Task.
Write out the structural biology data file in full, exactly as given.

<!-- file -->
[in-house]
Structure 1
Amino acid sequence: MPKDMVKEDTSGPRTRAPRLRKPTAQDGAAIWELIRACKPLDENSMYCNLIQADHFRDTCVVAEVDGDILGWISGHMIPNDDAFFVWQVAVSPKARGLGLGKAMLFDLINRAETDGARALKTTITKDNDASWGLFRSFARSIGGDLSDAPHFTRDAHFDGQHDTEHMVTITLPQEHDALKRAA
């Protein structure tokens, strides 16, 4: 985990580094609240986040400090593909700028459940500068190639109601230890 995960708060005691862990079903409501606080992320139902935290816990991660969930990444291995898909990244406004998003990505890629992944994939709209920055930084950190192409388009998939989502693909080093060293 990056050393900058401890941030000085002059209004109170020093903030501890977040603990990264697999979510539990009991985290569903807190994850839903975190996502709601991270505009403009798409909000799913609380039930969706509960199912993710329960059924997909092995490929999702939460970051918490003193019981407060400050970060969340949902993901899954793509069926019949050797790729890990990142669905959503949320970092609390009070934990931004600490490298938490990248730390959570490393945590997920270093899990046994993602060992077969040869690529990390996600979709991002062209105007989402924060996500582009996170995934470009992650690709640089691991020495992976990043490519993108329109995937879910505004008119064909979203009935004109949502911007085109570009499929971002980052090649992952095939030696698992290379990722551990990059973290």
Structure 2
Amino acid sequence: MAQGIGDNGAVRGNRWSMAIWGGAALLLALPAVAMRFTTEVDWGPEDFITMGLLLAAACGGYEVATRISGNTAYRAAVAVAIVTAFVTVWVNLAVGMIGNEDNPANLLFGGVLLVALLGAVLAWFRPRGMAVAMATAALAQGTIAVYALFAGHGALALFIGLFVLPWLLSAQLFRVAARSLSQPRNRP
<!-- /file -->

[in-house]
Structure 1
Amino acid sequence: MPKDMVKEDTSGPRTRAPRLRKPTAQDGAAIWELIRACKPLDENSMYCNLIQADHFRDTCVVAEVDGDILGWISGHMIPNDDAFFVWQVAVSPKARGLGLGKAMLFDLINRAETDGARALKTTITKDNDASWGLFRSFARSIGGDLSDAPHFTRDAHFDGQHDTEHMVTITLPQEHDALKRAA
């Protein structure tokens, strides 16, 4: 985990580094609240986040400090593909700028459940500068190639109601230890 995960708060005691862990079903409501606080992320139902935290816990991660969930990444291995898909990244406004998003990505890629992944994939709209920055930084950190192409388009998939989502693909080093060293 990056050393900058401890941030000085002059209004109170020093903030501890977040603990990264697999979510539990009991985290569903807190994850839903975190996502709601991270505009403009798409909000799913609380039930969706509960199912993710329960059924997909092995490929999702939460970051918490003193019981407060400050970060969340949902993901899954793509069926019949050797790729890990990142669905959503949320970092609390009070934990931004600490490298938490990248730390959570490393945590997920270093899990046994993602060992077969040869690529990390996600979709991002062209105007989402924060996500582009996170995934470009992650690709640089691991020495992976990043490519993108329109995937879910505004008119064909979203009935004109949502911007085109570009499929971002980052090649992952095939030696698992290379990722551990990059973290």
Structure 2
Amino acid sequence: MAQGIGDNGAVRGNRWSMAIWGGAALLLALPAVAMRFTTEVDWGPEDFITMGLLLAAACGGYEVATRISGNTAYRAAVAVAIVTAFVTVWVNLAVGMIGNEDNPANLLFGGVLLVALLGAVLAWFRPRGMAVAMATAALAQGTIAVYALFAGHGALALFIGLFVLPWLLSAQLFRVAARSLSQPRNRP